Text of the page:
Eddie Vedder ‘Was Hard On’ Pearl Jam Producer


Brendan O’Brien is certainly one of the most respected producers across the globe and he is popular for working with Pearl Jam. However, he has also worked with the likes of AC/DC, Bruce Springsteen, Bob Dylan, Rage Against The Machine, Mastodon and more.

Brendan O’Brien with Pearl Jam

O’Brien first worked with Pearl Jam on 1993’s Vs. album, and in a new interview with music industry expert Rick Beato, he revealed how his relationship with the band began. O’Brien revealed that he had mixed Temple Of The Dog’s self-titled 1991 album, for which Stone Gossard wrote two songs (Times of TroubleFour Walled World) and co-wrote the single Pushin’ Forward Back with bandmate Jeff Ament. He was aware of the Seattle band even before they released their debut album, Ten.

However, he admitted that while he’d had discussions about working with the group on their second record, after remixing Jeremy for its release as a single, he “absolutely” thought that he might have missed his shot when Ten ‘blew up’ commercially. O’Brien revealed that Michael Goldstone recommended him to work on a mix and he said that Kelly Curtis suggested Jeff Ament and Stone Gossard would be in Nuremberg for four days, and O’Brien agreed to be there, despite being busy with a record in Los Angeles.

“I think the A&R guy, Michael Goldstone, wanted me to do it,” O’Brien told Beato, “and they’d been recommended to me by the Chili Peppers guys [O’Brien worked as an engineer on Blood Sugar Sex Magick] and they’d heard some mixes from The Black Crowes’ second album [The Southern Harmony and Musical Companion] and Stone and Jeff liked that a lot, they loved it, thought it was great. So I got a call from Kelly Curtis, who’s their manager, and I think he wanted me to do it, and he said, ‘I think these guys are going to decide pretty soon what to do, so it might be good to meet with them one more time.’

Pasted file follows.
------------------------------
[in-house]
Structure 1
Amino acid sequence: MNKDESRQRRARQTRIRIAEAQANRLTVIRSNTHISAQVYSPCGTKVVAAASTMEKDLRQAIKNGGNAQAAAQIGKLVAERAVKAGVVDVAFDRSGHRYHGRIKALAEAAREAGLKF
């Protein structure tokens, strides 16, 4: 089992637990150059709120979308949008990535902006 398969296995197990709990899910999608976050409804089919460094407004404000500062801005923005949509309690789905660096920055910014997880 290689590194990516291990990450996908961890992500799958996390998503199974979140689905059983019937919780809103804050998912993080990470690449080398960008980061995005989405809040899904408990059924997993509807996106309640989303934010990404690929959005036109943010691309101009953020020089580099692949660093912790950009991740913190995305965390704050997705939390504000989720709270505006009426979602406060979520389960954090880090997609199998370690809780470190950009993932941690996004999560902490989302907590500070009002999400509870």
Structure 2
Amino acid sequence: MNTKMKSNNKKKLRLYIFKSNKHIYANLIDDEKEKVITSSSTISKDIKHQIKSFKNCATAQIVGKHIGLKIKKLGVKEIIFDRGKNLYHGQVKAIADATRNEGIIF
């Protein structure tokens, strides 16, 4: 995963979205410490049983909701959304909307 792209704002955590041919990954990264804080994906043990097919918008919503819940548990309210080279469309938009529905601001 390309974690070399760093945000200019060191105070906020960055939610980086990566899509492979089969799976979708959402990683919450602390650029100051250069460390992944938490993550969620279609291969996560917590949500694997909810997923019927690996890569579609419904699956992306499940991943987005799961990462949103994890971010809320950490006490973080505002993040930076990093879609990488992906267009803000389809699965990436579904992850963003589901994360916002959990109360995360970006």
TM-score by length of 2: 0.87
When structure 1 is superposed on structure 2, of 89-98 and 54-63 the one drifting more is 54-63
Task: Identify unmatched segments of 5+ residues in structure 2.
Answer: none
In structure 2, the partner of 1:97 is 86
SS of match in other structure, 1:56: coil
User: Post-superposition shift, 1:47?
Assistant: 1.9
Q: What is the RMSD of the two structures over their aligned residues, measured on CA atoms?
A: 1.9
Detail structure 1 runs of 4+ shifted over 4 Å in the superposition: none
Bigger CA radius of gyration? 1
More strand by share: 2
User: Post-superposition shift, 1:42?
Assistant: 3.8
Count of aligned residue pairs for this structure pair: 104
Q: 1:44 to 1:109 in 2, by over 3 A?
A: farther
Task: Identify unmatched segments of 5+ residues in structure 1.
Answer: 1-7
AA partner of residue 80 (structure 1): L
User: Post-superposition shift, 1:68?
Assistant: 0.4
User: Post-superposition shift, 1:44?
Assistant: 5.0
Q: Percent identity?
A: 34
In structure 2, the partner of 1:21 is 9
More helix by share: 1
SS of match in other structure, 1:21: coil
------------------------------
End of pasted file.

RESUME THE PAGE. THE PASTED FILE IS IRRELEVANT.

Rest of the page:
“I said, You got it, I’m down. Where are they going to be? ‘They’re going to be in Nuremberg in about four days, can you be there?’ What? Like, Germany, Nuremberg? He was like, ‘If you can’t make it, I understand.’  I was in the middle of making a record [in Los Angeles], but the proper answer is, Yes, I’ll be there.”

O’Brien traveled to Germany via Atlanta and showed up at the gig, likely the band’s June 15, 1992 show at the city’s Serenadenhof venue, and introduced himself properly to the band. He revealed that Eddie Vedder, who was not familiar with him, initially pushed him hard and was difficult to get along with.

However, when he was offered the gig, he was amazed. O’Brien knew it was an important job and that if he didn’t go, he would be leaving it in the hands of fate. He felt that if he went too far, they wouldn’t let him start.

“I didn’t know Eddie [Vedder] at all at that point,” he recalls. “The first few records I worked on with them, he was hard on me, he was not easy to get next to, and I understood that. But Stone said, ‘Man, you must really want this gig!’ He just started laughing at me. And I go, I do. He was both amazed, and laughing at me at the same time… I knew that it was an important job, and I knew that of I didn’t go, I was leaving it in the hands of fate, and I didn’t want that. I really felt like, if I go all the way over there, they’re going to have a hard time not at least letting me start. And it worked out, so…”

O’Brien had a unique ability to bring out the best in Pearl Jam and pushed their creative boundaries while staying true to its roots. Fans certainly adore the way he blends Eddie Vedder’s gritty voccals with the band’s intense instrumentation, creating timeless songs.